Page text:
Is there a faculty or staff member who has made a significant impact on you? There are a few amazing professors who have definitely helped me greatly at CUA. I first want to thank my research advisor, Dr. Richard Gallenstein, who has guided me through my research experiences throughout last year and this year as well. His guidance and career advice which he has given to me have propelled me toward greater success here at CUA. Additionally, Dr. Martha Cruz, chair of the economics department, and Dr. Sophia Aguirre are two women that are huge role models of mine that I look to for advice in the economics field.

What makes Catholic University unique? As a student coming from a public high school in the Pacific Northwest, I did not have very much religious exposure outside of church, and I also found it difficult to see my dreams coming to fulfillment. However, after flying out to study for the first time at Catholic University, I am so grateful for the opportunities it has given me. I have found a strong, diverse community of friends who not only have given me strength to come closer to God, but also a group who has made me more confident with myself. I especially find this university to be unique in the sense that I don’t have to choose between a fulfilling career and one grounded in faith. I can change the world, and keep God alongside me as I pursue my dreams! This is especially true when it comes to my desire for justice. Jesus taught us to treat those around us justly and to never judge someone without getting to know them. I believe this school has equipped me with the ability to fight for this principle and uphold the dignity of every human being, just as Christ teaches.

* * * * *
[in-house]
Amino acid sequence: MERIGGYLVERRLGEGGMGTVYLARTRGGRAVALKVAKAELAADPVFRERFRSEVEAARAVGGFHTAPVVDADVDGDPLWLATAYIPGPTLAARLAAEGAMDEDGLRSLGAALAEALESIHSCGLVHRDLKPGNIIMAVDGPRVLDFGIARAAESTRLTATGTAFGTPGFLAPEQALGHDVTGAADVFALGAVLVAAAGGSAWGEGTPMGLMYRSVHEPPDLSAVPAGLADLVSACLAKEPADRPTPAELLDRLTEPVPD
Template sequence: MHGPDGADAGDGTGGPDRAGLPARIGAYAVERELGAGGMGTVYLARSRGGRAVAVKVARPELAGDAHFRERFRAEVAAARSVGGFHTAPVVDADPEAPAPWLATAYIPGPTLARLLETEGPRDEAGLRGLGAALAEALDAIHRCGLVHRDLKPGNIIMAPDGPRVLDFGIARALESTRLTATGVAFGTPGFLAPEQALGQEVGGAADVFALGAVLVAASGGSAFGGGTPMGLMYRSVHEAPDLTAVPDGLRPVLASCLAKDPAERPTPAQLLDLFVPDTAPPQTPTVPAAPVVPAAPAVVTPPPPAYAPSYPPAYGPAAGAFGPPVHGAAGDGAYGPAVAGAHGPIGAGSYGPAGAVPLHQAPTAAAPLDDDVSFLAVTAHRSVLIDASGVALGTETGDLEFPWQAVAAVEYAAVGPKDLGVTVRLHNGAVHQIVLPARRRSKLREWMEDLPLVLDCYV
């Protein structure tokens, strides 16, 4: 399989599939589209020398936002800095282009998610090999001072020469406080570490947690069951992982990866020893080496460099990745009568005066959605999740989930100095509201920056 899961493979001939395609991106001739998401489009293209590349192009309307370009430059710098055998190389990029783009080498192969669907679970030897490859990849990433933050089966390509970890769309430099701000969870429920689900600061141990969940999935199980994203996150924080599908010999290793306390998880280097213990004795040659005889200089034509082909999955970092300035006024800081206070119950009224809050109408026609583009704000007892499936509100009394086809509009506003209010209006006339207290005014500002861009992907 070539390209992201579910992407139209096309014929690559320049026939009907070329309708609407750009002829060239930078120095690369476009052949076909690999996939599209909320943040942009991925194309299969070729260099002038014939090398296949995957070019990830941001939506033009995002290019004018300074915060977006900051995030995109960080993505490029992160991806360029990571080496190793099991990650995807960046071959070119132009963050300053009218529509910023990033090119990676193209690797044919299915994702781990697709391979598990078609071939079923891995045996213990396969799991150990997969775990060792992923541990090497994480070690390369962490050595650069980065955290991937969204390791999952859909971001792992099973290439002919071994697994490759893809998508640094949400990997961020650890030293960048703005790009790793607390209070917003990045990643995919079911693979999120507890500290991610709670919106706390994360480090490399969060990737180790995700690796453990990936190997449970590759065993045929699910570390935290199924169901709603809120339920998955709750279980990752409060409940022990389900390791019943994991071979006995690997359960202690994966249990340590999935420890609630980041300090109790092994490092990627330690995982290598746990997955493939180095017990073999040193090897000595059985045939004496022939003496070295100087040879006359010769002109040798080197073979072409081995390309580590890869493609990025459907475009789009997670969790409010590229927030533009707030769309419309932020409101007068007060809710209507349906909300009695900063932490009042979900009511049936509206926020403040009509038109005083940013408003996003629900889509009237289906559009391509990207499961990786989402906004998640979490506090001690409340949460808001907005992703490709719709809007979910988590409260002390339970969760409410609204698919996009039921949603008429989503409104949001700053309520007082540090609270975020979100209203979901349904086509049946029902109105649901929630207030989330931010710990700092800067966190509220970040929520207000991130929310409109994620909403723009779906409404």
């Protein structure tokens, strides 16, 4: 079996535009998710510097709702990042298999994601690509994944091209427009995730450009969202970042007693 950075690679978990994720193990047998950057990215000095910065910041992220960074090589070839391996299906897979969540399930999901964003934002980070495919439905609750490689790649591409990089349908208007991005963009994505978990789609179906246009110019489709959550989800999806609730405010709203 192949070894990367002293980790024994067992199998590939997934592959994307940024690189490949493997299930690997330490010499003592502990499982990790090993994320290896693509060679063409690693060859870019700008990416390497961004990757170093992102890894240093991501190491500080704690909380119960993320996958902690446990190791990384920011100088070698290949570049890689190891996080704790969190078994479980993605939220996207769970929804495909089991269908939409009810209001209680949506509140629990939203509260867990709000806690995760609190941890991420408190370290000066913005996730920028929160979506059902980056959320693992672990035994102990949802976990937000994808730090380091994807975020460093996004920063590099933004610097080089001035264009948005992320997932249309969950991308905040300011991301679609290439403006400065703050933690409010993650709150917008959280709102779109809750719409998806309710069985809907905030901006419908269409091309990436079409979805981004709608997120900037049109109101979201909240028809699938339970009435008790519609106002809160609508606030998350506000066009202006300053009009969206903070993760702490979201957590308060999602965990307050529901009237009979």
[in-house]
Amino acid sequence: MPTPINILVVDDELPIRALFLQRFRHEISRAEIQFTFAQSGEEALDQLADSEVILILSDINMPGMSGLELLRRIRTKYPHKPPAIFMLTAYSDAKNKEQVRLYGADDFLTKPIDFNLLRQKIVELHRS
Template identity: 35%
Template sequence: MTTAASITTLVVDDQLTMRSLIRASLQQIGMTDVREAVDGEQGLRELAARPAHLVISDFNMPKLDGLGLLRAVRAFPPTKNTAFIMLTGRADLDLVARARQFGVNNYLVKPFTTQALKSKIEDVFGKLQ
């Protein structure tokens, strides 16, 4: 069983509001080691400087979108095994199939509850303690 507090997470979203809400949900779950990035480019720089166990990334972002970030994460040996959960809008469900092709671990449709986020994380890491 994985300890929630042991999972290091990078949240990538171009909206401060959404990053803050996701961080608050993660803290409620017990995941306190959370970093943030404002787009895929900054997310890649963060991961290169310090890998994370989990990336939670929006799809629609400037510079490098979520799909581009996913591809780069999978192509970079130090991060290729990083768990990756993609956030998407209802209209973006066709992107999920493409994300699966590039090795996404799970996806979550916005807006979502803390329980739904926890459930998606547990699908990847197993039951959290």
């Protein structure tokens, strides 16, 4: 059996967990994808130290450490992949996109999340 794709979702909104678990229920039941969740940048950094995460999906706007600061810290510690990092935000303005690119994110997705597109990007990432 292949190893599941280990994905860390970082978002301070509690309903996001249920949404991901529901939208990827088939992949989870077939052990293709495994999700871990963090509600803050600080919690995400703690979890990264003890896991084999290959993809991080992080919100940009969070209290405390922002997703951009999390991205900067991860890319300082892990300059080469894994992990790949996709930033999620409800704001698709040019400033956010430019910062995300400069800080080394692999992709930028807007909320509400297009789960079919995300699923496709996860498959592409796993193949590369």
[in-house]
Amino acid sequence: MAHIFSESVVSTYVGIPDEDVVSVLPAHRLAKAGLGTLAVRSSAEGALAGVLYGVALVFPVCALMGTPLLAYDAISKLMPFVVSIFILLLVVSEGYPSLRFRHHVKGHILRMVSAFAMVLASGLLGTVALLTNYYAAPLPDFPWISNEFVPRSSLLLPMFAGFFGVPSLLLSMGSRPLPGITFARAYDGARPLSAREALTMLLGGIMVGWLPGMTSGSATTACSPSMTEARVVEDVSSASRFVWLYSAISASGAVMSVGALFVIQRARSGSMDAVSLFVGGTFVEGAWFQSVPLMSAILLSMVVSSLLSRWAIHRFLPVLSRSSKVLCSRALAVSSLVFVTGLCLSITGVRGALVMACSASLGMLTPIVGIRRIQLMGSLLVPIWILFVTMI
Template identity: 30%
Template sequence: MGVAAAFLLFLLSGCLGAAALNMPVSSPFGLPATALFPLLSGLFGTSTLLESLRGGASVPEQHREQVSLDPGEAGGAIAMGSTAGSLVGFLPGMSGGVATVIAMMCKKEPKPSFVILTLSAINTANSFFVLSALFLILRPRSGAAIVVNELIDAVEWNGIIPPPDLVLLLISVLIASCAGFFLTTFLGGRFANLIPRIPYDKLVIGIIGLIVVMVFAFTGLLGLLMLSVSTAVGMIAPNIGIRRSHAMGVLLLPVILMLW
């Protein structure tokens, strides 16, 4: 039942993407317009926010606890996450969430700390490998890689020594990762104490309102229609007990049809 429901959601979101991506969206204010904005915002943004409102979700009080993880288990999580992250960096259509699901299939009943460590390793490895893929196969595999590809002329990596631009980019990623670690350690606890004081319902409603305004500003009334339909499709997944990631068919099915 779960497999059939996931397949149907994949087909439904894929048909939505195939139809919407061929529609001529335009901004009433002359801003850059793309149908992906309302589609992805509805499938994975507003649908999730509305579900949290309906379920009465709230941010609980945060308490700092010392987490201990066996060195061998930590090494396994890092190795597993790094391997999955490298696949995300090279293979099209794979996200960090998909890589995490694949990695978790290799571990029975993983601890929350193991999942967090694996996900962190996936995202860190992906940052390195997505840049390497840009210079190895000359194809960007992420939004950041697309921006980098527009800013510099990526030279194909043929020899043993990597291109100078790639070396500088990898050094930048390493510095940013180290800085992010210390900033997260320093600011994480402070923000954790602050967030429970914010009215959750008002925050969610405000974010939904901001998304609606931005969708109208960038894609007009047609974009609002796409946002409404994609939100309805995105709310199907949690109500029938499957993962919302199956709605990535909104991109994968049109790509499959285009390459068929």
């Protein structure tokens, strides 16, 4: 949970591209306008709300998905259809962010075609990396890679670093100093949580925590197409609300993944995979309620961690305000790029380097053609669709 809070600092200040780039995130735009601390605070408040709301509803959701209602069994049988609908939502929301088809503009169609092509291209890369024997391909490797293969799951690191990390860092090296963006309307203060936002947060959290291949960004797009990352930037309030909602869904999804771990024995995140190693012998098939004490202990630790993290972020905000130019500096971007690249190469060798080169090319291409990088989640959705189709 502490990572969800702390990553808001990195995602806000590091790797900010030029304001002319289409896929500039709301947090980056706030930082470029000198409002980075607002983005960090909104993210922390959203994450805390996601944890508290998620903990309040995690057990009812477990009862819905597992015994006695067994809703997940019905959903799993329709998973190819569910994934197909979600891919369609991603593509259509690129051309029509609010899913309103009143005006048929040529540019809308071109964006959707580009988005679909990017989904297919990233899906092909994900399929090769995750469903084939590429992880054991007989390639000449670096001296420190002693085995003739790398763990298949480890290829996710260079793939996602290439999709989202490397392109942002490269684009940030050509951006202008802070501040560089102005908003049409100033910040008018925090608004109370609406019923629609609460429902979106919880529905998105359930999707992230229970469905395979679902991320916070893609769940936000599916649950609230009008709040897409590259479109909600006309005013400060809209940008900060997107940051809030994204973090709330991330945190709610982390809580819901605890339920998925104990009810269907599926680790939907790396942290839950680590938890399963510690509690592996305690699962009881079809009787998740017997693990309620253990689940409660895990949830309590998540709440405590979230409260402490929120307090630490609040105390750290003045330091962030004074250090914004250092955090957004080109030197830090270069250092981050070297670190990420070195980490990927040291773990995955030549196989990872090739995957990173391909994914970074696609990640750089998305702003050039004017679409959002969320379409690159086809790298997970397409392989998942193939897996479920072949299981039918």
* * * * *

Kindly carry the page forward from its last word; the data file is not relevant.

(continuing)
Awards/recognition: I am a two-year finalist for academic research here at CUA, where I was awarded for both my research on studying the unemployment rate for U.S. military veterans, and also my research on creating insurance policies for farmers in Ghana. I am also the recipient of the Novak Symposium award, which I received for my presentation on education reform. Also, while it is not a personal accomplishment, I am proud of being a resident assistant for the 2020 RA staff of the year, Centennial Village.